Friday, July 22, 2005

The Globe and Mail: Shocking suggestion

A clever letter here to the Globe & Mail:

The Globe and Mail: Shocking suggestion

if I say so myself. Well - actuallly, my mom and dad thought it was great as well.

I guess is hardly surprising that former Hydro executives Bartholemew and Campbell as still trying to foist a Hydro monopoly back on Ontarians; after all they wouldn't wish to admit guilt. They actually have the audacity to complain about 'gross mismanagement' of Ontario's power situation over the past decade!

Column by Rod Anderson, Ron Bartholomew and Tom Campbell - July 20 2005

(Hmmm - former Enron executives get to face jail time, while former Hydro execs are living comfortably on their golden parachutes and pensions.)

What's more amazing is that Rod Anderson a former managing partner in Ernst & Young has signed onto the effort. Given that the column evidences a pre-JK understanding of financial economics, it's hardly any wonder why he is a former managing partner.

Update: Per his website, Mr. Anderson gave up professional life decades ago. He has since been concentrating on composing poetry and music. Rod - my advice is to stick with the poetry and music.

Wednesday, July 20, 2005

Slight to Miss Universe 'silly', mayor says

Despite his policy follies, Mayor David Miller is a smart enough politician to recognize a public relations disaster - and to attempt to distance himself from it: - Slight to Miss Universe 'silly', mayor says

Now you might believe that preventing Miss Universe from being Miss Universe at a Thai community event in Nathan Phillips Square was simply the fault of an overzealous and/or misguided underling at City Hall. In reality, the tone is set from the top. The unfortunate soul(s) who made the decision no doubt did so based on a reading of the smoke signals from 'on high'.

More disturbing is the implication inherent in Miller's assertion that he would have allowed the appearance had he been asked. It is not the job of the Mayor to sit in judgement of whether something is tasteful, nor is it his job to interpret by-laws - this being the job of the judiciary. [It's his job to run city services effectively and efficiently - apparently he hasn't read the job description.]

...and another thing... a few weeks ago the Miller and some other members of his cabal marched in the Gay Pride parade. This parade included many bikini-clad men. These men have every right to dress and march as thus - but an argument can easily be made that the behaviour is both degrading and stereotypical.

What's degrading to Miss Glebova is that the City doesn't respect her honest, well-intentioned, and public-service spirited decision to participate in pageants.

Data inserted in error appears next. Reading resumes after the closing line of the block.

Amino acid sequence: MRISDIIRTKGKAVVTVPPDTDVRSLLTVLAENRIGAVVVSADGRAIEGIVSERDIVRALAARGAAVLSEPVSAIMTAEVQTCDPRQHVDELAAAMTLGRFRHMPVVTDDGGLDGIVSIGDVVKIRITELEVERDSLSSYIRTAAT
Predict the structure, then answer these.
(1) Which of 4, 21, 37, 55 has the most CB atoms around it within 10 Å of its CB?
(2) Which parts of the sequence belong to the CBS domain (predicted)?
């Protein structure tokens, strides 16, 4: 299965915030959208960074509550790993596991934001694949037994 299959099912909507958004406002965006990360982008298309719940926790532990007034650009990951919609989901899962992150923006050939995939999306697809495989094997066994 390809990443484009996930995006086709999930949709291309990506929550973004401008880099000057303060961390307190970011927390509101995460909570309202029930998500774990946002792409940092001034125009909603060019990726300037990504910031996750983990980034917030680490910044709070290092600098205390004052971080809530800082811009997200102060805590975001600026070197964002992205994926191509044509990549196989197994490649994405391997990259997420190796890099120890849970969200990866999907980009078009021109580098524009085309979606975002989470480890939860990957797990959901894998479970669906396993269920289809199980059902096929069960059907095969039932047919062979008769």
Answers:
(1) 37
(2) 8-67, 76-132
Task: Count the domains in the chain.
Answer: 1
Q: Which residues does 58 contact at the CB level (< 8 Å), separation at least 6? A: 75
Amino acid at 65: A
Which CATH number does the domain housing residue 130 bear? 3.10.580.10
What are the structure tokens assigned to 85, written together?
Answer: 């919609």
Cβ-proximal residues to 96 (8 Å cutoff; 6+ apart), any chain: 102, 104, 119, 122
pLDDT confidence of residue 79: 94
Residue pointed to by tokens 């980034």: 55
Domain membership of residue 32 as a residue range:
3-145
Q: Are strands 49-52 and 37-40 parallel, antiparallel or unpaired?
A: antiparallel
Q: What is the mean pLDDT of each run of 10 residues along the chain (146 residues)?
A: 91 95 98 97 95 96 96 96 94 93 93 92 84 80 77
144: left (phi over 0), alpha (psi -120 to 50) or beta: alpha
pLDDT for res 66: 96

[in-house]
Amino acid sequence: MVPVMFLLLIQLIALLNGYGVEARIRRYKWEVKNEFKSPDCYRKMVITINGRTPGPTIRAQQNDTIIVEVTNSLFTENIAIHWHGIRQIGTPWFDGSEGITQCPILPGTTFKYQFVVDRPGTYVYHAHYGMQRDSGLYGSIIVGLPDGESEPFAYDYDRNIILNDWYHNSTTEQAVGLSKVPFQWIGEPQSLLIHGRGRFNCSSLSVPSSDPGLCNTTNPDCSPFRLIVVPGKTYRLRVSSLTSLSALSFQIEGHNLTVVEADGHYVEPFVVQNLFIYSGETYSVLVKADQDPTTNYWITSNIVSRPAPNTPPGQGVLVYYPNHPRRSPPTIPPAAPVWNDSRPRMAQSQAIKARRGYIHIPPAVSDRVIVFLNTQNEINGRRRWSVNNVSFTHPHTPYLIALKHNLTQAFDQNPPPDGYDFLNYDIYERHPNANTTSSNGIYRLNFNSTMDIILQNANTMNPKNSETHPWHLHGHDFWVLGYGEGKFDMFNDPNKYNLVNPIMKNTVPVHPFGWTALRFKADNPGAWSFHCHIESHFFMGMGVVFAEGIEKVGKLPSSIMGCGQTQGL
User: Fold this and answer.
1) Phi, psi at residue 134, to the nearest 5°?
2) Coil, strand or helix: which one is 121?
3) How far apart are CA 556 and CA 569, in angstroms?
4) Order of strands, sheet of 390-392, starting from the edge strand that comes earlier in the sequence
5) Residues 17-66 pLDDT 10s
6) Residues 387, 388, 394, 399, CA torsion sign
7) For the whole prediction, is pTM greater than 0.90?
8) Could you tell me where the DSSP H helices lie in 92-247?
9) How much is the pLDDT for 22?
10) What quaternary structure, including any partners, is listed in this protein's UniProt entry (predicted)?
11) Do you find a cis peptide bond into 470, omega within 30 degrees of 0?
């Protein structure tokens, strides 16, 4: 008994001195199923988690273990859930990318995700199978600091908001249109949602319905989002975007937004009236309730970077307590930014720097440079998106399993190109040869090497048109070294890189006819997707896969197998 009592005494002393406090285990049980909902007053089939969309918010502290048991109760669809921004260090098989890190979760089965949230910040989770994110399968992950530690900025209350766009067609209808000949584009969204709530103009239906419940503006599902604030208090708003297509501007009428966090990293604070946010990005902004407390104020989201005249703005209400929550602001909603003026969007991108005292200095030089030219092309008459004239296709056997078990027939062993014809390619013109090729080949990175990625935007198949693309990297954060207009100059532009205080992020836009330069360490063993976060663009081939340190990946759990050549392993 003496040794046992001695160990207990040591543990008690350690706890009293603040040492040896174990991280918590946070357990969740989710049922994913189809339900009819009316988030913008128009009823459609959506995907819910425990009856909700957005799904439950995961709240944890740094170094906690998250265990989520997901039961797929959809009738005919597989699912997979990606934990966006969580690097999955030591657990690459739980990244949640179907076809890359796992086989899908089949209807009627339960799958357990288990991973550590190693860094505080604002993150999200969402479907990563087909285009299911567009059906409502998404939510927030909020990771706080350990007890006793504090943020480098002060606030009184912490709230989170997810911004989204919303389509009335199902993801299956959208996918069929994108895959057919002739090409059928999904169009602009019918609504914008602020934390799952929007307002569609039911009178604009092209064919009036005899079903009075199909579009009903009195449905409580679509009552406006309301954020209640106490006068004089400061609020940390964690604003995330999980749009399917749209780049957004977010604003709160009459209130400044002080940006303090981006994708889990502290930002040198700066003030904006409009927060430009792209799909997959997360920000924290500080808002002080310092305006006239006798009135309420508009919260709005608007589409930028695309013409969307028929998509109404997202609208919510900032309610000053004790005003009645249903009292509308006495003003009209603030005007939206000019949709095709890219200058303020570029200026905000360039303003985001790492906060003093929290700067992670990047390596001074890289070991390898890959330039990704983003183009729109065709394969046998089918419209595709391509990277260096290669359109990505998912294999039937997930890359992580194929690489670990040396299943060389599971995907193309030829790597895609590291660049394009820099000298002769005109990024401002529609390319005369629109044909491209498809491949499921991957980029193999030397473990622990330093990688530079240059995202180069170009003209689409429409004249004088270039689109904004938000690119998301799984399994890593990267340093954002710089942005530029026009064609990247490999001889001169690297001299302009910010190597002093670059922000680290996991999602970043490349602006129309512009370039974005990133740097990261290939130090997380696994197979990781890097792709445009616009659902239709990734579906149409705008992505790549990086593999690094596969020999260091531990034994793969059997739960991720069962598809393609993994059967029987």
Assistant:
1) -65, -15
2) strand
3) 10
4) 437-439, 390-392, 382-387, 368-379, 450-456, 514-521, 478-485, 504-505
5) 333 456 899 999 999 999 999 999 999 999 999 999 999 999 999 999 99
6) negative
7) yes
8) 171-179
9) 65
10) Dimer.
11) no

Monday, July 18, 2005 - LCBO workers threaten strike despite 'no sale’ vow

The LCBO workers know when they have management boxed into a corner, and are too ready to move in for the kill: - LCBO workers threaten strike despite 'no sale’ vow

The provincial Liberals have painted themselves into a corner by being:

1. Desparate for $$$
2. Unwilling to privatize the LCBO (despite commissioning a report that points to doing just that.)
3. Wishing to appear palsy, walsy with the public sector unions

My guess is that Sorbara will cave to the unions before a work stoppage. The cash flow from the LCBO is just too important a cash flow for this profligate government.

I guess it's better to work for a government corporation that sells booze than for one that transmits power. The Hydro-One strike is saving the provincial treasury a pile of dough - that's why there is no pressure to settle it.

Thursday, July 14, 2005

The shapes of things to come?

The last few weeks have borne witness to a flurry of activity on the Toronto political scene.

We've seen a report from the Toronto Office Coalition documenting how the City's stratospheric commercial and tax rates are pushing businesses to locate in the suburbs. While the substance of the report is not news, the coverage received - even in The Star - has been surprising.

Highly-related to this has been a proposal drafted by the City Finance dept/committee that would see a gradual transfer of the tax load from the commercial sector and onto home owners. Surprisingly Mayor Miller made a number of grunting sounds indicating that the tax gap between the city and the burbs is a real problem.

Thr trouble is that the proposal will come close to doubling the real tax rate payed by home owners. The press around the proposal claims that it will keep residential tax rates increases below 5% a year for the next 15 years. Well, 5% a year for 15 year doubles the rates. It isn't clear whether the 5% is the rate of increase including inflation - or whether this is above and beyond inflation.

Meanwhile, of course, the City has caved into its unions again. Overall payroll costs will continue to outpace revenie growth. Miller has promised that there will be savings from productivity improvments. I'm not holding my breath!

On the back burner is the work towards a new City of Toronto act. Will the act cure the City of its fiscal lunacy. Again - fat chance.